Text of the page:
In this article, we will focus on three sets of institutions that populists most famously attack: the judiciary (the Constitution, regulatory agencies, laws, judges, lawyers), the media, (media organizations, journalists, the internet, social media), and civil society (NGOs, INGOs, trade unions). Our discussion will focus specifically on how Erdogan and Khan attacked, captured, and/or dismantled these institutions. In our discussion, we will examine how specifically the populismof these actors informed their actions and led to their eventual success at corrupting these institutions. In particular, we will discuss populists’ politicization, capture, and hollowing out of the institutions. 

Comparative Analysis of Populists in Turkey and Pakistan

Tehreek-e-Insaf (PTI) Chairman, Imran Khan addresses to public meeting held at Shahi Bagh in Peshawar, Pakistan on May 27, 2015. Photo: Awais Khan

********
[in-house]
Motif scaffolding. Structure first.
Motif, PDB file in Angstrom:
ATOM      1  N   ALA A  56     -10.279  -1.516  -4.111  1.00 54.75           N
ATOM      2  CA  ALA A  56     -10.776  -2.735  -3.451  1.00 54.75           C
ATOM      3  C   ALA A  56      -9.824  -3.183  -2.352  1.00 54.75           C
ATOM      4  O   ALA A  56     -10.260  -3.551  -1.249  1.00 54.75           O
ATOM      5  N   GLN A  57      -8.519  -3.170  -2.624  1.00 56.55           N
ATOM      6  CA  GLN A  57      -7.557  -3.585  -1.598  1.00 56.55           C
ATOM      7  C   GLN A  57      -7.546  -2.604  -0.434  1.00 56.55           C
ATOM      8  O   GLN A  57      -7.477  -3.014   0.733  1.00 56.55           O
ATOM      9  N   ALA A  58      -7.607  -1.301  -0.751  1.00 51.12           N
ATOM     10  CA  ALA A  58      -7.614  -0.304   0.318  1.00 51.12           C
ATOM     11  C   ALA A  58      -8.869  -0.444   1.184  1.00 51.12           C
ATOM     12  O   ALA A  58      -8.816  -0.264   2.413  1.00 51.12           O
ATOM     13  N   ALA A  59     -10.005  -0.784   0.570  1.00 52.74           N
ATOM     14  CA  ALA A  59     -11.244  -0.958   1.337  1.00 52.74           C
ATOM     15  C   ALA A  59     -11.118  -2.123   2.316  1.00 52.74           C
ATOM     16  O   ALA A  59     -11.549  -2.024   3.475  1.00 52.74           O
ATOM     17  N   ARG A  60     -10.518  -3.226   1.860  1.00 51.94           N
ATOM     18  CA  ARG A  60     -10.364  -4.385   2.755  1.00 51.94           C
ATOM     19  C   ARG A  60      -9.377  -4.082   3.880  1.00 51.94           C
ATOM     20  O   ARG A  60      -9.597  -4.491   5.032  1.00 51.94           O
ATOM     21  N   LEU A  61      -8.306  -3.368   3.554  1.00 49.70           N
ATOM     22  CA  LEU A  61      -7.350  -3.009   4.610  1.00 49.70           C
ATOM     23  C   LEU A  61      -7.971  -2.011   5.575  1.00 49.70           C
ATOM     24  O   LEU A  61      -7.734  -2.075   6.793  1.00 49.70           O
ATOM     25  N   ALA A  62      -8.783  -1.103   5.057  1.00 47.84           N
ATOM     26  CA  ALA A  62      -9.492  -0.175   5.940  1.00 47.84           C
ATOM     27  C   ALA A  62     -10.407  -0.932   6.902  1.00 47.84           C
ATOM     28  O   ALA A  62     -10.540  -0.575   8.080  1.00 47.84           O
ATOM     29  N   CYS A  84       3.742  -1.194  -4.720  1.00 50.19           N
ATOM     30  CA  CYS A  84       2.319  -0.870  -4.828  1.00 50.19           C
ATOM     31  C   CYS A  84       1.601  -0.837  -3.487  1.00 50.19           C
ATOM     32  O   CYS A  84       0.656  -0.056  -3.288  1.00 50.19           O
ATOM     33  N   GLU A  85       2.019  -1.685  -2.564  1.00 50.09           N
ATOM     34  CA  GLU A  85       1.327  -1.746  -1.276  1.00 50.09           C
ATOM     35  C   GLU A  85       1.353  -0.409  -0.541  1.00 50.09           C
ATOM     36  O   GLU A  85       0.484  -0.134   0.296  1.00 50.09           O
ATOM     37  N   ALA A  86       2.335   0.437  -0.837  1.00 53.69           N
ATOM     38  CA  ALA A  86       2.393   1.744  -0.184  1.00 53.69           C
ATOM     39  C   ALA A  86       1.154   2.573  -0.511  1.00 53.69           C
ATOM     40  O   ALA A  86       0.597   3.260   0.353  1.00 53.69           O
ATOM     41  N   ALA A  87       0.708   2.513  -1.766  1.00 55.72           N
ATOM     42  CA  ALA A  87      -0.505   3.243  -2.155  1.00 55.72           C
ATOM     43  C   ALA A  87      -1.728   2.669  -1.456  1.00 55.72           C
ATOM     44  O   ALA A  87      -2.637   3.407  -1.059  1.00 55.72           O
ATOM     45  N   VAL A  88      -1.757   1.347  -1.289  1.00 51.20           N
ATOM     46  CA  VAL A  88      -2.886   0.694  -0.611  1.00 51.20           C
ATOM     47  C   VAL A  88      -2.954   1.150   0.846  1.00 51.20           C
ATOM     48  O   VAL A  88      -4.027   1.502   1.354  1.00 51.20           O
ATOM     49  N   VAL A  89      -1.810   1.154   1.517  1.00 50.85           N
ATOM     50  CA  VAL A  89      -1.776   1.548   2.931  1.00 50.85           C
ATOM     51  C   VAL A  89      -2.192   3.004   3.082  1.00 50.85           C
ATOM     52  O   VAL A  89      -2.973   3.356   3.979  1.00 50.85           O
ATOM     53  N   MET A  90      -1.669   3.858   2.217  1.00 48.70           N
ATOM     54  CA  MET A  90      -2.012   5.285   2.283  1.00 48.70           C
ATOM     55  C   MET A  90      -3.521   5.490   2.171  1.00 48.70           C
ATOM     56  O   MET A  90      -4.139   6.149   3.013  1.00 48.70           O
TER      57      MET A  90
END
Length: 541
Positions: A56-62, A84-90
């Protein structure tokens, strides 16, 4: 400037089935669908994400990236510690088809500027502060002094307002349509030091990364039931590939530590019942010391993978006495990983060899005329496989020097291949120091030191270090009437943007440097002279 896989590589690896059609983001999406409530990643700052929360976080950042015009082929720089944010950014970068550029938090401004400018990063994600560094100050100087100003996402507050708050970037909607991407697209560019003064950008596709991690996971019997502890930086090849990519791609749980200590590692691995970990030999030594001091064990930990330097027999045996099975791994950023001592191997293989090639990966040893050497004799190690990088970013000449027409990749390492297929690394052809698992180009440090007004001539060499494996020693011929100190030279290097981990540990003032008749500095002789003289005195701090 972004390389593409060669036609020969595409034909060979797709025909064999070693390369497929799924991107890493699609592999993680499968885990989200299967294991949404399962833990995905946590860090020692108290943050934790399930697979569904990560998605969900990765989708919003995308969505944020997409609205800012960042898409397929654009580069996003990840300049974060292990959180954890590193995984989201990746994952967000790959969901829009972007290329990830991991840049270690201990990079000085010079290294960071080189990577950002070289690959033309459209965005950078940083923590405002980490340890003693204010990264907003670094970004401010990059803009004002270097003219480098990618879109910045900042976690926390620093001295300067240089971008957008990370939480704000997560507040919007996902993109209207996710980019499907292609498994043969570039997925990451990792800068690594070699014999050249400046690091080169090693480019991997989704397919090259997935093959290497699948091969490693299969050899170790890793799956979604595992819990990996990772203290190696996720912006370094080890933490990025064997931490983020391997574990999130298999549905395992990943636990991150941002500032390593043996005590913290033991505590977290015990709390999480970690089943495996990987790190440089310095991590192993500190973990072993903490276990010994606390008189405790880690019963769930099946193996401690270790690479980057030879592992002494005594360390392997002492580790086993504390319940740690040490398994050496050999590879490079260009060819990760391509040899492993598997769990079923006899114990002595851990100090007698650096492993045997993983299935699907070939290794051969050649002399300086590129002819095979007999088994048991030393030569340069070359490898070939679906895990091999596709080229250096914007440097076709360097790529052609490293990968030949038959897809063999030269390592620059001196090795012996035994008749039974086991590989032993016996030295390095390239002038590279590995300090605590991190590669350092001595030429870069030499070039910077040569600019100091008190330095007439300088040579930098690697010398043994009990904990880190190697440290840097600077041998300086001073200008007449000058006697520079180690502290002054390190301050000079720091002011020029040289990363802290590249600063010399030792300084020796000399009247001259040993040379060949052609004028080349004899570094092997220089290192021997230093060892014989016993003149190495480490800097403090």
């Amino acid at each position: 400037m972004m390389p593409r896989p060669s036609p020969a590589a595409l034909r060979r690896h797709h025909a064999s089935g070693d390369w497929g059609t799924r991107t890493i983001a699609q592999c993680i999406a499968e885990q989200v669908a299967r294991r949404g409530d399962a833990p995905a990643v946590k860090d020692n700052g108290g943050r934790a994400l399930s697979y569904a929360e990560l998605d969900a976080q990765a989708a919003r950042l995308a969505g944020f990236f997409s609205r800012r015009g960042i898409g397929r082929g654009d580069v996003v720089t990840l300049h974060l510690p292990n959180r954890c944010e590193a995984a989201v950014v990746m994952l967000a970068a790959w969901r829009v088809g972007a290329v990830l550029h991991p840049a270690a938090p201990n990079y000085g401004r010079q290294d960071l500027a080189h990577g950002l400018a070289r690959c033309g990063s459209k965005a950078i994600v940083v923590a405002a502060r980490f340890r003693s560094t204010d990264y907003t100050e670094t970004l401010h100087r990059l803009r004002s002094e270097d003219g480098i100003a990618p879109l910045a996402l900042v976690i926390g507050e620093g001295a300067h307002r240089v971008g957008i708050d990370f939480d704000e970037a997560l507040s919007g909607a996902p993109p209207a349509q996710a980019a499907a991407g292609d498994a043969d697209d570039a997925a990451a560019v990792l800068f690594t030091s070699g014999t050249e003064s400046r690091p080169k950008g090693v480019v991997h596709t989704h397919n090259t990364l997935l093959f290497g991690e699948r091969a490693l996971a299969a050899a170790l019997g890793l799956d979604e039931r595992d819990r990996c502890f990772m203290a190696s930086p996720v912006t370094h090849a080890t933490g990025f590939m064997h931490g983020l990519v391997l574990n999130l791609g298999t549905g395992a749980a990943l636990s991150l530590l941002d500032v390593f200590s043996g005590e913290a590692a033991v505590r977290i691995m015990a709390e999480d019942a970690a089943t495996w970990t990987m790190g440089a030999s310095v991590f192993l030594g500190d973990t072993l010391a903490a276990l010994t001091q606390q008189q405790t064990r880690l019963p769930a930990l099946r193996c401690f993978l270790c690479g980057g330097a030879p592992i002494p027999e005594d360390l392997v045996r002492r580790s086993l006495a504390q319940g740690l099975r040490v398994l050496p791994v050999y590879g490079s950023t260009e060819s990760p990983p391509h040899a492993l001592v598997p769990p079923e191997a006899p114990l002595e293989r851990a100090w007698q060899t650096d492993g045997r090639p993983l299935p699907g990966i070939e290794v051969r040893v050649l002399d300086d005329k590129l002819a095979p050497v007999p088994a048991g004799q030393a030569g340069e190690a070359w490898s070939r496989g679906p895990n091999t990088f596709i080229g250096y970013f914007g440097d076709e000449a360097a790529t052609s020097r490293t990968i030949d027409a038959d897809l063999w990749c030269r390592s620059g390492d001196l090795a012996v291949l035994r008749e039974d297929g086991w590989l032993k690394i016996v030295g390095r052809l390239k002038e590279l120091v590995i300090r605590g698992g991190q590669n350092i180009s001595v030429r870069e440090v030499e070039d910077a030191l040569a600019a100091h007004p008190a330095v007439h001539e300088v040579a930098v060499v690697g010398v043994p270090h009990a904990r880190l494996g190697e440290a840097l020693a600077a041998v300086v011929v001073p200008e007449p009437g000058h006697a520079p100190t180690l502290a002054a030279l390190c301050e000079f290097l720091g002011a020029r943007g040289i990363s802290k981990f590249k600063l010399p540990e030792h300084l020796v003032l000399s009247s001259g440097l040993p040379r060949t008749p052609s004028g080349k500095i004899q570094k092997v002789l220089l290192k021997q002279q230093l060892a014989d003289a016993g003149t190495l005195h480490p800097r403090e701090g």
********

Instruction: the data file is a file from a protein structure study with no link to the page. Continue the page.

Promises 

A notorious trope of populist discourse is the promise of ‘direct democracy,’ with populists framed as direct representatives of ‘the people.’ In Turkey, Erdogan is notorious for constantly articulating such statements contrasting himself and his party to the Kemalists, which he considers the elitist, anti-religious group. During various election cycles, Erdogan referred to himself and supporters as ‘Black Turks’ (who were wronged by the elites, by the ‘White Turks’ who tend to be Kemalist and secular). The trope of the Black Turk is well-worn ground for Erdogan, a staple of his self-branding as the great outsider who is removed from the politics of 20th century one-party rule and corruption. He has continuously invoked victimhood narratives that hail the conservative Turks (his base) as the real people who historically suffered under the Kemalist secularist regime (Demiralp, 2012; Yilmaz, 2021). The general notion is that conservative Turks in Turkey have historically been victimized by the Kemalist elites.